Murray Klassen notices things most people miss: a vibrant red leaf, a wild-looking patch of rust, a piece of grass in a grape vine’s chokehold, the kaleidoscope of colours and shapes on a windshield at a car wash.
Through the pictures he takes Klassen shines a light on the beauty he finds all around him, and for the rest of the summer his work will be on public display Delta North MLA Ravi Kahlon’s office (located at 8350 112th St.) in his first solo show.
The North Delta artist, who helps organize the annual Delta Studio Stomp (happening Sept. 22-23) and is a member of the Surrey Photography Club, began his artistic journey decades ago as a high school student in Saskatoon.
“I was a very dyslexic student and I had a chance to go into the graphic arts program and they had photography. It was something I could really excel at, and it got me into my job as a printer,” Klassen told the Reporter at a meet-the-artist open house on July 11. “I was a camera operator for a printing company, so that kind of thing drew me right through to where I am now, back taking pictures again.”
“I’m working more towards abstract, like this rust shot,” Klassen said, pointing to a print of dynamic reds, oranges and yellows that look as though they’re bleeding across the image. “And then I do a bit of close-up with nature, trying to pick things in nature that you don’t normally see, [that] you have to take time and look.”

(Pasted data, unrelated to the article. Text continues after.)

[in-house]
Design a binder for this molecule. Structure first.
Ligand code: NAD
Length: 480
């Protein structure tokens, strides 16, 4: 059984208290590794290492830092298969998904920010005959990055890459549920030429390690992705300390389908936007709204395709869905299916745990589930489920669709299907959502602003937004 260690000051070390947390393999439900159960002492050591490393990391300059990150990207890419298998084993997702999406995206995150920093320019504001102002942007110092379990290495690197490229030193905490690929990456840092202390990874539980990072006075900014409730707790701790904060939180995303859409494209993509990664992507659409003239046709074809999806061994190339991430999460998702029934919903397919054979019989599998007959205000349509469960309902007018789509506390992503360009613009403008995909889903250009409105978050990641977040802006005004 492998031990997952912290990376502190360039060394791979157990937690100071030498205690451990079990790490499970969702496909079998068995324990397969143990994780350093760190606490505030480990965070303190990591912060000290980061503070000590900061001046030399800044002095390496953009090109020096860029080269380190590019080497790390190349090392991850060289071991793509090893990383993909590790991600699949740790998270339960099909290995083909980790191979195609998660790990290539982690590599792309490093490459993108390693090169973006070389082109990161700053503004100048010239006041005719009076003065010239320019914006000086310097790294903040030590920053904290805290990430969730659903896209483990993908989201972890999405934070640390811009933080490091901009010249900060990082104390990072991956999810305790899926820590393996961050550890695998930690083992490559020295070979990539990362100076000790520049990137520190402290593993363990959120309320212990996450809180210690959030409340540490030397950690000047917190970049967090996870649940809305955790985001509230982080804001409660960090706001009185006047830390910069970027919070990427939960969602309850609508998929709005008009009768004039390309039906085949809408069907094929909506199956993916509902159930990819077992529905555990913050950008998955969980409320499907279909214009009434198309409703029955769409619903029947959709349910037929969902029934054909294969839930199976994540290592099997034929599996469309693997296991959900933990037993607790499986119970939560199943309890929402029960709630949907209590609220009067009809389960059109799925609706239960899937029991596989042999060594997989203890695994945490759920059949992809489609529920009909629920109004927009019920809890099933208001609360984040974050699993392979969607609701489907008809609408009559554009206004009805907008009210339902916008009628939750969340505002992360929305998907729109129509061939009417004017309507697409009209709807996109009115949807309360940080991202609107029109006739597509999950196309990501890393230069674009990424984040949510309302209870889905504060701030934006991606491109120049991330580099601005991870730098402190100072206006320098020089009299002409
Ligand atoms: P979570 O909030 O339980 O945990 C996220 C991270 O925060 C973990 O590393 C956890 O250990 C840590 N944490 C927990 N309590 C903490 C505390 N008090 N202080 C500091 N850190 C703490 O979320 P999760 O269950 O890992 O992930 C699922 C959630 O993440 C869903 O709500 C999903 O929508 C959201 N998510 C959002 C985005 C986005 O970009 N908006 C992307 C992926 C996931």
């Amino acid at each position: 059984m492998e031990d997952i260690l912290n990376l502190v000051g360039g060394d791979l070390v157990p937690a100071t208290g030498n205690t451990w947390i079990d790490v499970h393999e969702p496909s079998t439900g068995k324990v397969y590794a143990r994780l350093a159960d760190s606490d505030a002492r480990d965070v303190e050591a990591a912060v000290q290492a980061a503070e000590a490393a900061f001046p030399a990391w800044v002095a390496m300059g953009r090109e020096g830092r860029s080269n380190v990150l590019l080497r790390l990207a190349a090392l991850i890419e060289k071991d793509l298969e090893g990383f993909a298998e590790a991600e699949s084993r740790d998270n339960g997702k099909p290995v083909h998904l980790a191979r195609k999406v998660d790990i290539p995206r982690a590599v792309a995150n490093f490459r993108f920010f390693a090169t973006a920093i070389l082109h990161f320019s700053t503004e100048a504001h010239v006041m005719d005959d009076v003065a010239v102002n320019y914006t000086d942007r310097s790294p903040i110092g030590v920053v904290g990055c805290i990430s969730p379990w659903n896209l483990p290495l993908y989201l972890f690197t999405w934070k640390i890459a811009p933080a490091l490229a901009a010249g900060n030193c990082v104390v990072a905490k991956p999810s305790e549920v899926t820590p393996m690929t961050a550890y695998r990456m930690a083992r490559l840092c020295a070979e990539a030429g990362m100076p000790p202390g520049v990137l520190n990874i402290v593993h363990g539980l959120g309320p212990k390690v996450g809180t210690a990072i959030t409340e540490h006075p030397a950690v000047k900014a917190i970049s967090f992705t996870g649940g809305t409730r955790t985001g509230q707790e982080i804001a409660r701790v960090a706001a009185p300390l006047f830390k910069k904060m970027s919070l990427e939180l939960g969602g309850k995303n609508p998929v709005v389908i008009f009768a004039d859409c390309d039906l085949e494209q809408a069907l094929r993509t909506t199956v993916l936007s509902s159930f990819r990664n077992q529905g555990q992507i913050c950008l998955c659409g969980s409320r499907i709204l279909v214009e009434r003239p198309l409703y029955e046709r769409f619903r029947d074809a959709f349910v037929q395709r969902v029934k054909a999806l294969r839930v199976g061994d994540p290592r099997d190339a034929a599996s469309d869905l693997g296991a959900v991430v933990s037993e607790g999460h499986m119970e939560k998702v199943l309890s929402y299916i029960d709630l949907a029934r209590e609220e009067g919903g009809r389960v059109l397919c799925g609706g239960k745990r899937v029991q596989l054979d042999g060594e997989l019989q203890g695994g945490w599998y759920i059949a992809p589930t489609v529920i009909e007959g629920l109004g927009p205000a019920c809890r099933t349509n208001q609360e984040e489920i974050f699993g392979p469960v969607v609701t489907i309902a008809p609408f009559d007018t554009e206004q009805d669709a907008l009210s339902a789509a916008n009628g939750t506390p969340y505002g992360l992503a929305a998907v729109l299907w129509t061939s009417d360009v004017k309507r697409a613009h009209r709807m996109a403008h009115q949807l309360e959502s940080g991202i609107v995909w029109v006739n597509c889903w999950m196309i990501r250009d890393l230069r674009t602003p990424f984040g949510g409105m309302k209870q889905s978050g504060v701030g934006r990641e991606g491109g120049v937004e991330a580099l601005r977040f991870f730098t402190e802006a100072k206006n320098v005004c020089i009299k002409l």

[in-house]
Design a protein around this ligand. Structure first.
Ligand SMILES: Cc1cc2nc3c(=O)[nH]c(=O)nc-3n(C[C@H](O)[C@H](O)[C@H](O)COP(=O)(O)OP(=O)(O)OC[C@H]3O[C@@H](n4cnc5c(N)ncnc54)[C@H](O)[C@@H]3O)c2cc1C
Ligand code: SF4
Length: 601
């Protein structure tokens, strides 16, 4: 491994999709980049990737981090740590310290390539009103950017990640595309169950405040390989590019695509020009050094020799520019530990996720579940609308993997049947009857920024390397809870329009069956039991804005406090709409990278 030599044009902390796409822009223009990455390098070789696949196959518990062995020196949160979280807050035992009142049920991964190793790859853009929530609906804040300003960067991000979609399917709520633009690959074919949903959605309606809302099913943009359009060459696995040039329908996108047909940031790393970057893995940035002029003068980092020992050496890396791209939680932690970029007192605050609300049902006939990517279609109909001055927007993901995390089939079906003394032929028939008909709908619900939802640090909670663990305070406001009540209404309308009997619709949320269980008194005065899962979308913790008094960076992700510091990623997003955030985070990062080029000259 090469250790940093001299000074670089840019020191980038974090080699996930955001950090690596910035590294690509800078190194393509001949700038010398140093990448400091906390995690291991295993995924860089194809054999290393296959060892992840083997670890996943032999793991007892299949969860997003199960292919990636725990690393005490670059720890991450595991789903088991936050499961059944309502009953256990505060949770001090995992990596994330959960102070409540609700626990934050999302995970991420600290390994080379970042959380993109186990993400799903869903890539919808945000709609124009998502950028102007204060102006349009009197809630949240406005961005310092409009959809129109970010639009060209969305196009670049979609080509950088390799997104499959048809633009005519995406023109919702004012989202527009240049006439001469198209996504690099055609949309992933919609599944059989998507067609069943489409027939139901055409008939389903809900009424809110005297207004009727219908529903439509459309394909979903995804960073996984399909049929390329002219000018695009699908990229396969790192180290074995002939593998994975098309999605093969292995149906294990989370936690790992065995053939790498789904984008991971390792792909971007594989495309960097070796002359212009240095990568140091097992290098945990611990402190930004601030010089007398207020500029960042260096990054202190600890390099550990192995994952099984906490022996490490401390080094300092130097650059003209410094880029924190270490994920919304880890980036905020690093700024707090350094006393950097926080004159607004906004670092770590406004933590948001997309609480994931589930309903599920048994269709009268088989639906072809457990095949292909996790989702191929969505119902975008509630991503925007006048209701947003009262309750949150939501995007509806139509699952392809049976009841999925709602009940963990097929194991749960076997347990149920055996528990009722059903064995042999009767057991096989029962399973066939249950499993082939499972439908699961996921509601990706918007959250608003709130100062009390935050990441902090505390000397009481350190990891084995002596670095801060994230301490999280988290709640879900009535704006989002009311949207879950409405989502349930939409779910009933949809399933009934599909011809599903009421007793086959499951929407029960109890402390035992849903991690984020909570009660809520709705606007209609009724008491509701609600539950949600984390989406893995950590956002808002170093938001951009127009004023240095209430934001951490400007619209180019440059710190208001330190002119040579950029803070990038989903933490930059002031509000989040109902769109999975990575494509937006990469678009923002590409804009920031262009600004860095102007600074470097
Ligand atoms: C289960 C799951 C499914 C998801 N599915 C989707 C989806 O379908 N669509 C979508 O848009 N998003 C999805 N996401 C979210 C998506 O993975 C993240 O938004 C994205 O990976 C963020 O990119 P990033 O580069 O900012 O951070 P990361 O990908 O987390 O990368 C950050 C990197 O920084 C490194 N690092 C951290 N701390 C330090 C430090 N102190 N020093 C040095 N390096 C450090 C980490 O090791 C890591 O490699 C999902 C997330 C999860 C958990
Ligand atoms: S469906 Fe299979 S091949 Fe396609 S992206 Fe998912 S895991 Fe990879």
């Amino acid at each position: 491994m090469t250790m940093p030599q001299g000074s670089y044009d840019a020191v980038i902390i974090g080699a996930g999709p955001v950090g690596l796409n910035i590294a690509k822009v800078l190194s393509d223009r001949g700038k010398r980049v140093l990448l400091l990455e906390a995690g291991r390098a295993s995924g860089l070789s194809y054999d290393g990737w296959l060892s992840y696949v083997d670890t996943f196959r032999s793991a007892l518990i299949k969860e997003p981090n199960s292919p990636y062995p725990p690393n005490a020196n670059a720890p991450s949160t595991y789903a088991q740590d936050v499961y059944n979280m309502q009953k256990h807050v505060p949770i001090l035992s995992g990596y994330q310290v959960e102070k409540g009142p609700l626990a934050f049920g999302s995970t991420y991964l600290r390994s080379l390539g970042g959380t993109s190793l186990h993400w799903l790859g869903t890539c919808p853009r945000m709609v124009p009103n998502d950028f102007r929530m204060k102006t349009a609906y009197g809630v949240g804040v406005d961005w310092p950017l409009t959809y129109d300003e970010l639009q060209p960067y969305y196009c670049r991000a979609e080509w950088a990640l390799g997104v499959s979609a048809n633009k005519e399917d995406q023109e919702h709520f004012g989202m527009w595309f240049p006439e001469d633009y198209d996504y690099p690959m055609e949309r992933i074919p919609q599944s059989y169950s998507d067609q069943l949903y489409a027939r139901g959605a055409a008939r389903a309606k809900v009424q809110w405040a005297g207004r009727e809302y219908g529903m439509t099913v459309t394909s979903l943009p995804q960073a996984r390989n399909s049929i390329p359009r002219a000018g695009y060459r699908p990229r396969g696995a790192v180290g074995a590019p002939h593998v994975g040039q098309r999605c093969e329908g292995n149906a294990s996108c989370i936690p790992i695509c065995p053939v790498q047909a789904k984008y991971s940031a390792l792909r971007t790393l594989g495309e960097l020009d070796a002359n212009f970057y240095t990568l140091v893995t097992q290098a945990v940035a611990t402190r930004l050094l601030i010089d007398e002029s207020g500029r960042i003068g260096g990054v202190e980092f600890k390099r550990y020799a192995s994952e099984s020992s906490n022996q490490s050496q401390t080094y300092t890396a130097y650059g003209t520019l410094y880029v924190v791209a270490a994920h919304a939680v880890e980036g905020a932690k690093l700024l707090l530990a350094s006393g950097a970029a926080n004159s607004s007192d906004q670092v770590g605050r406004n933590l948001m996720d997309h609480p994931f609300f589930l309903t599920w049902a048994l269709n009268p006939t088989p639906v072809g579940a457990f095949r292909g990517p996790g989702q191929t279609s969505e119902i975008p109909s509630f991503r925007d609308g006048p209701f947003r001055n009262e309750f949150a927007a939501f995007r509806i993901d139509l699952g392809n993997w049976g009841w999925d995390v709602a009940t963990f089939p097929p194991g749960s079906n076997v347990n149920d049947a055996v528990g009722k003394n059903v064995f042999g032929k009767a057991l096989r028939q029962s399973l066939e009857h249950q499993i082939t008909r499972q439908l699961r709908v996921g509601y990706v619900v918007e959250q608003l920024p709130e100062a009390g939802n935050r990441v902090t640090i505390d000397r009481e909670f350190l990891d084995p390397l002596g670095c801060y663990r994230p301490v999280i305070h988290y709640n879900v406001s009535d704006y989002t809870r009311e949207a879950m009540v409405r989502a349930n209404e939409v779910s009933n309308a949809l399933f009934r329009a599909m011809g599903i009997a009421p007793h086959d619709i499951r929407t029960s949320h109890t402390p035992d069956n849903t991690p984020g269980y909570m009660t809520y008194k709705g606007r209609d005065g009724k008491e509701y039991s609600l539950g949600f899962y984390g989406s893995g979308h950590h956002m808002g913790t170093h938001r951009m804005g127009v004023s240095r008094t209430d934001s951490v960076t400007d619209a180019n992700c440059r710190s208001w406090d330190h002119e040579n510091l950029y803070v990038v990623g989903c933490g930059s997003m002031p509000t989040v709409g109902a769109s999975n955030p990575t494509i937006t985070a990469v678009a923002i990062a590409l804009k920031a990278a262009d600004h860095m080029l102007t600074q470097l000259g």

|Guests look over North Delta artist Murray Klassen’s photos at a meet-the-artist event on June 11. His artwork will be on display throughout the summer at Delta North MLA Ravi Kahlon’s office, located at 8350 112th St. (James Smith photo)<|
For Kahlon, showcasing artists like Klassen is part of his office’s mandate to build and support community connections.
“The whole concept just started with us having blank wall space,” Kahlon said. “So we reached out to one of the local artists and said, ‘Hey, do you want to put some work up? You can showcase it and we can put on a little show,’ and he said yes. People started coming in and more people wanted to put their art up, and now we have every six weeks a new artist, a local artist, come in and display their work and this little collective of artists has formed around the office, which is amazing. We’re really excited.”
Kahlon said Klassen’s sharp eye for detail is what makes his art great.
“Something that you would walk by and not even notice, Murray picks out,” Kahlon said. “He’s got some amazing photography of these plants and you would walk by that plant and not notice the intricate details and the colours in that plant, but Murray sees it from a distance. He’s got a real talent.”
Among Klassen’s favourite pieces on display at Kahlon’s office is a series he calls Twisted Love that depicts grape tendrils wrapped around grass stems and flowering heads.
“I was just sort of bored at my brother-in-law’s place and I went outside with my camera early one morning and just kind of wandered around his yard. All of a sudden I saw this and … I really love the way they turned out.”
“When I started shooting it I thought, ‘Oh, I’ve got five minutes here of time I can just experiment,’ and I’ve been doing it every time I take the car in for a car wash,” he said. “I have probably close to a hundred pictures of car wash.”
“It’s kind of a standing joke at the photography club now,” one of the Klassen’s club-mates interjected. “It’s usually abstract, you don’t recognize it, and you ask ‘Oh, what car wash did you shoot that in?’”
“They pick on me, but that’s okay,” Klassen laughed.
To view more of Klassen’s work, head to flickr.com/photos/keylightpics.